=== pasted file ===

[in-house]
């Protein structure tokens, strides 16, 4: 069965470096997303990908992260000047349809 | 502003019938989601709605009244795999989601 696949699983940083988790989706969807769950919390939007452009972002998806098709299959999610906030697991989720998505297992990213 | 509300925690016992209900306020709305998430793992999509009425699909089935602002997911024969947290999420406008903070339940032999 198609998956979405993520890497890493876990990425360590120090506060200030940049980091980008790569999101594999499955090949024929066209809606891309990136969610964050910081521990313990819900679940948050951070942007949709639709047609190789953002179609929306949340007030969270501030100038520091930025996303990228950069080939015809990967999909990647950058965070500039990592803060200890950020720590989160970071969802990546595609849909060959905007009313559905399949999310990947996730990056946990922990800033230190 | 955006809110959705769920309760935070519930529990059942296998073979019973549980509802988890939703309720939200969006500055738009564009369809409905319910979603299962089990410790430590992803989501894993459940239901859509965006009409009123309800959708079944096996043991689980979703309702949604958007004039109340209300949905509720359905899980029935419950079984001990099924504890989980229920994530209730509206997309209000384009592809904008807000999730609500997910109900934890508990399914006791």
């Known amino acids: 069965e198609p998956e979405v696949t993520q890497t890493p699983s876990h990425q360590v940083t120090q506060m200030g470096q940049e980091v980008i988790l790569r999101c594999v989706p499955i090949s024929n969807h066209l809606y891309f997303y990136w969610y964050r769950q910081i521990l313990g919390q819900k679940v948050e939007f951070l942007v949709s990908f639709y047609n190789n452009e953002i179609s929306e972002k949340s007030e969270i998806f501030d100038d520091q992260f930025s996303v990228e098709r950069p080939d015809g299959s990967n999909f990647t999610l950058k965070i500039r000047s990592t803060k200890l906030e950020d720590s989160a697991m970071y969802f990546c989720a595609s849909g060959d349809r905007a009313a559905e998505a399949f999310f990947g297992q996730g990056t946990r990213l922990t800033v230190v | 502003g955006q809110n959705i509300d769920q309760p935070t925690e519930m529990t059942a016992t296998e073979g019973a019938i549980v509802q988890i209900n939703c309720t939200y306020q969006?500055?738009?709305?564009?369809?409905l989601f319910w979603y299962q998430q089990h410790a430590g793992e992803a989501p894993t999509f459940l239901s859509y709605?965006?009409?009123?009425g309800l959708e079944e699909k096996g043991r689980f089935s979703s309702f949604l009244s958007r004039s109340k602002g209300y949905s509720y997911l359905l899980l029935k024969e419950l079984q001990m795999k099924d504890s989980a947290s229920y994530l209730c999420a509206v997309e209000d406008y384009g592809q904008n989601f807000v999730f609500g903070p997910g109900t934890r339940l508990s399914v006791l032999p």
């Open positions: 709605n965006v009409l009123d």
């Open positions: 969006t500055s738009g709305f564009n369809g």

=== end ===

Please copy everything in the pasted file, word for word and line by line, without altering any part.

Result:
[in-house]
């Protein structure tokens, strides 16, 4: 069965470096997303990908992260000047349809 | 502003019938989601709605009244795999989601 696949699983940083988790989706969807769950919390939007452009972002998806098709299959999610906030697991989720998505297992990213 | 509300925690016992209900306020709305998430793992999509009425699909089935602002997911024969947290999420406008903070339940032999 198609998956979405993520890497890493876990990425360590120090506060200030940049980091980008790569999101594999499955090949024929066209809606891309990136969610964050910081521990313990819900679940948050951070942007949709639709047609190789953002179609929306949340007030969270501030100038520091930025996303990228950069080939015809990967999909990647950058965070500039990592803060200890950020720590989160970071969802990546595609849909060959905007009313559905399949999310990947996730990056946990922990800033230190 | 955006809110959705769920309760935070519930529990059942296998073979019973549980509802988890939703309720939200969006500055738009564009369809409905319910979603299962089990410790430590992803989501894993459940239901859509965006009409009123309800959708079944096996043991689980979703309702949604958007004039109340209300949905509720359905899980029935419950079984001990099924504890989980229920994530209730509206997309209000384009592809904008807000999730609500997910109900934890508990399914006791």
């Known amino acids: 069965e198609p998956e979405v696949t993520q890497t890493p699983s876990h990425q360590v940083t120090q506060m200030g470096q940049e980091v980008i988790l790569r999101c594999v989706p499955i090949s024929n969807h066209l809606y891309f997303y990136w969610y964050r769950q910081i521990l313990g919390q819900k679940v948050e939007f951070l942007v949709s990908f639709y047609n190789n452009e953002i179609s929306e972002k949340s007030e969270i998806f501030d100038d520091q992260f930025s996303v990228e098709r950069p080939d015809g299959s990967n999909f990647t999610l950058k965070i500039r000047s990592t803060k200890l906030e950020d720590s989160a697991m970071y969802f990546c989720a595609s849909g060959d349809r905007a009313a559905e998505a399949f999310f990947g297992q996730g990056t946990r990213l922990t800033v230190v | 502003g955006q809110n959705i509300d769920q309760p935070t925690e519930m529990t059942a016992t296998e073979g019973a019938i549980v509802q988890i209900n939703c309720t939200y306020q969006?500055?738009?709305?564009?369809?409905l989601f319910w979603y299962q998430q089990h410790a430590g793992e992803a989501p894993t999509f459940l239901s859509y709605?965006?009409?009123?009425g309800l959708e079944e699909k096996g043991r689980f089935s979703s309702f949604l009244s958007r004039s109340k602002g209300y949905s509720y997911l359905l899980l029935k024969e419950l079984q001990m795999k099924d504890s989980a947290s229920y994530l209730c999420a509206v997309e209000d406008y384009g592809q904008n989601f807000v999730f609500g903070p997910g109900t934890r339940l508990s399914v006791l032999p």
């Open positions: 709605n965006v009409l009123d």
């Open positions: 969006t500055s738009g709305f564009n369809g």